Category Archives: Spiritual Life

Are you living in Christ now?


Saint Benedict has a special place in his Rule for eternity.
The eternal life is usually a subject that many people run away from because in
order to fully enjoy eternity one needs to confront death. Well, that’s what
many think. The Lord’s promise of eternal life and many of benefits can be
enjoyed before one dies. In fact, that’s what the sacraments give us: a
foretaste of eternity. Baptism opens the door, washes away sin, imparts grace,
and makes one an adopted child of God; the Eucharist nourishes our spiritual
life, and builds communion with the Trinity; Confirmation imparts the Gifts of
the Holy Spirit and Beatitude, etc. Sacraments give the faithful a share in
Beatitude if lived in a state of grace and according to the Eight Beatitudes. 

The
question really is what the Apostle Paul said, and what is adhered to by true Christians, particularly saints, “To
me to live is Christ,” (Mihi Vivere Christus)” (Phil: 1, 21). Living means being closely united, in communion, with Christ. Catholics live in Christ by living the sacraments and according to Scripture but the teaching of the saints also illumine our path.

A verse in
the Prologue to Saint Benedict’s Rule refocuses us:

“If we wish to reach eternal
life, even as we avoid the torments of hell, then – while there is still time,
while we are in this body and have time to accomplish all these things by the
light of life – we must run and do now what will profit us for all eternity.” (Prologue
42 – 44,RB).

The teaching, some have said, can be interpreted to mean that Saint
Benedict is urging his disciples to put into daily practice right now what we will
be doing for all eternity: that is, giving glory and praise to God. How we give
God glory and praise is done through our daily lives of personal and communal prayer,
in faithfulness and obedience to the Divine Majesty. This was the source of someone
who knows God: a lifelong fidelity, joyfulness, and an openness to Wonder. The
position of wonder speaks to our youthful spirit and joy was keeping our eyes,
our mind and our heart fixed on Jesus Christ and the promise of the Hundredfold.

Do you wish to reach your ultimate destiny, eternal life? What will you do to run along the path?

Changing others, or changing self?

To a disciple who was forever complaining about others the Master said, “If it is peace you want, seek to change yourself, not other people. It is easier to protect your feet with slippers than to carpet the whole of the earth.”

How nice are you?

“Our Lord was crucified by the nice people who held that religion was all right in its place, so long as its place was not here, where it might demand of them a change of heart. The gravest error of the nice people in all ages is the denial of sin.”

The Servant of God Archbishop Fulton Sheen


h/t Fr Z

Vatican works more closely with Sport

JPII Foundation for Sport.jpegThe Church is getting more deeply into sport laity with the John Paul II Foundation for Sport, and the Pontifical Councils for Culture and Laity. It is believed that sport as a privileged place for dialogue among church, culture and youth. Sport is healthy recreation and appropriate challenge. Sport is a point of reference of bettering oneself and the development of virtue.


This is a new approach to following Christ.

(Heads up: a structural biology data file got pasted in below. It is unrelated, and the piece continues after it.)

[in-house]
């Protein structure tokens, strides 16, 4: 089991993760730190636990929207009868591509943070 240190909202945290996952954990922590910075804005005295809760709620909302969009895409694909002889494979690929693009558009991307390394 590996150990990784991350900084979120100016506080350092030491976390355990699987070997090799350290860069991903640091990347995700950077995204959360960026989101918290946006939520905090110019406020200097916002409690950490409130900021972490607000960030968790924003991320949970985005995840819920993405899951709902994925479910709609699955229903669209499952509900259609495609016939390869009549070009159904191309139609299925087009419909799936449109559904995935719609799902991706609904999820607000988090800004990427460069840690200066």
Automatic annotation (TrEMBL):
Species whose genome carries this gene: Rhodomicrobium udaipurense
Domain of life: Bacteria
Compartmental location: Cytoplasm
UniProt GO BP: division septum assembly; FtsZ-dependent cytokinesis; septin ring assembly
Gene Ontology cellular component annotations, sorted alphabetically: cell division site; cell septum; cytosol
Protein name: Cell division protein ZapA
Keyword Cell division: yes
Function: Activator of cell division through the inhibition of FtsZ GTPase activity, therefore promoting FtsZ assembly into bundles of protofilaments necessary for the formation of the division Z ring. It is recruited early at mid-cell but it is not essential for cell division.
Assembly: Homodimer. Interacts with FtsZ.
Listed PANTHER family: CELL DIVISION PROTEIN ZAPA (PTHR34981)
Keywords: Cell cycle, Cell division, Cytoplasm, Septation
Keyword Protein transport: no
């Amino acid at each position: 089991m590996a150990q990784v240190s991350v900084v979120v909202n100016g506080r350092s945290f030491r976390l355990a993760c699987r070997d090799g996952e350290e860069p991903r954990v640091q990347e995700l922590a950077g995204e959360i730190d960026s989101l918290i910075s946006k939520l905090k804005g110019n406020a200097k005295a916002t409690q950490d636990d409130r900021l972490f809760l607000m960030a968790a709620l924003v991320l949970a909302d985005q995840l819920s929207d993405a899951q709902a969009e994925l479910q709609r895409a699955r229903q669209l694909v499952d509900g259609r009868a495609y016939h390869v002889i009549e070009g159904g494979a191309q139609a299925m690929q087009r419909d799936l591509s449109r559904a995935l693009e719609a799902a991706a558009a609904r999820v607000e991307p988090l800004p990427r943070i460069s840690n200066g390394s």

(Sadly, the John Paul II Foundation for Sport is only a London based organization; let’s hope something in the USA and Canada gets working.)

From Vatican Radio:


Representatives from the Pontifical Council for Culture and the Pontifical Council for the Laity held a press conference at the Vatican on Thursday, during which they presented the new lines of cultural approach to sport. The new approach is aimed at coming to an understanding of sport as a privileged place for dialogue among Church, culture and youth. The conference also provided an opportunity to present the Pontifical Council for Culture’s new Department dedicated to Culture and Sport, which will work closely with the Church and Sport Section of the Pontifical Council for the Laity, and the John Paul II Foundation for Sport. One of those who participated in the press briefing was Fr. Kevin Lixey, who is Responsible for the Church and Sport Section at the Council for the Laity. He told Vatican Radio recent, highly publicized scandals in major league sports – including betting scandals in Italy – make the announcement extremely timely. “On the one hand,” said Lixey, “we wanted to announce something we’ve been doing for the past year and a half,” adding, “it’s a moment for the Church to show that it is concerned.” Fr. Lixey went on to say, “[The Church] is actively working and interested in trying to stimulate a little bit more the pastoral work with sport,” on all levels, from youth leagues to international and professional compretition. “There is,” said Fr. Lixey, “still a lot of good in sport.” 


Listen to Chris Altieri’s extended interview with Fr. Kevin Lixey of the Pontifical Council for the LaityRealAudioMP3 

The Lord waits to be gracious

God’s providence means that wherever we have got to, whatever we have done, that is precisely where the road to heaven begins. However many clues we have missed, however many wrong turnings we have taken, however unnecessarily we may have complicated our journey, the road still beckons, and the Lord still ‘waits to be gracious’ to us.

Father Simon Tugwell, OP

About the author

Paul A. Zalonski is from New Haven, CT. He is a member of the Fraternity of Communion and Liberation, a Catholic ecclesial movement, and an Oblate of Saint Benedict. Contact Paul at paulzalonski[at]yahoo.com.
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